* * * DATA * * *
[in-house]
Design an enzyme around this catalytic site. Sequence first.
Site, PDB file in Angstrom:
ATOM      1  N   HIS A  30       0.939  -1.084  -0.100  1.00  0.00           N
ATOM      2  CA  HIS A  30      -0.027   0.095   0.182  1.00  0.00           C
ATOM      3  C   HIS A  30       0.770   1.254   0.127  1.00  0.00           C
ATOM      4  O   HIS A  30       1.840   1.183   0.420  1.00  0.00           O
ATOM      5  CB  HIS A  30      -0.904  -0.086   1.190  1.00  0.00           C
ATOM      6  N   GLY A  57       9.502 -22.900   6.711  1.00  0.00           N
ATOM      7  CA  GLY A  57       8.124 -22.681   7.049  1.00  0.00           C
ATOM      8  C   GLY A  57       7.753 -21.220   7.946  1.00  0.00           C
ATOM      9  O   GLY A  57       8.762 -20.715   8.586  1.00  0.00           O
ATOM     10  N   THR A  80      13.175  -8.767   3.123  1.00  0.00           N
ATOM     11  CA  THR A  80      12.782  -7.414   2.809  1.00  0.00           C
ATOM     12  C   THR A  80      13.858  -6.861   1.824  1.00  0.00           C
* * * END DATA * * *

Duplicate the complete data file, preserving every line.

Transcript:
[in-house]
Design an enzyme around this catalytic site. Sequence first.
Site, PDB file in Angstrom:
ATOM      1  N   HIS A  30       0.939  -1.084  -0.100  1.00  0.00           N
ATOM      2  CA  HIS A  30      -0.027   0.095   0.182  1.00  0.00           C
ATOM      3  C   HIS A  30       0.770   1.254   0.127  1.00  0.00           C
ATOM      4  O   HIS A  30       1.840   1.183   0.420  1.00  0.00           O
ATOM      5  CB  HIS A  30      -0.904  -0.086   1.190  1.00  0.00           C
ATOM      6  N   GLY A  57       9.502 -22.900   6.711  1.00  0.00           N
ATOM      7  CA  GLY A  57       8.124 -22.681   7.049  1.00  0.00           C
ATOM      8  C   GLY A  57       7.753 -21.220   7.946  1.00  0.00           C
ATOM      9  O   GLY A  57       8.762 -20.715   8.586  1.00  0.00           O
ATOM     10  N   THR A  80      13.175  -8.767   3.123  1.00  0.00           N
ATOM     11  CA  THR A  80      12.782  -7.414   2.809  1.00  0.00           C
ATOM     12  C   THR A  80      13.858  -6.861   1.824  1.00  0.00           C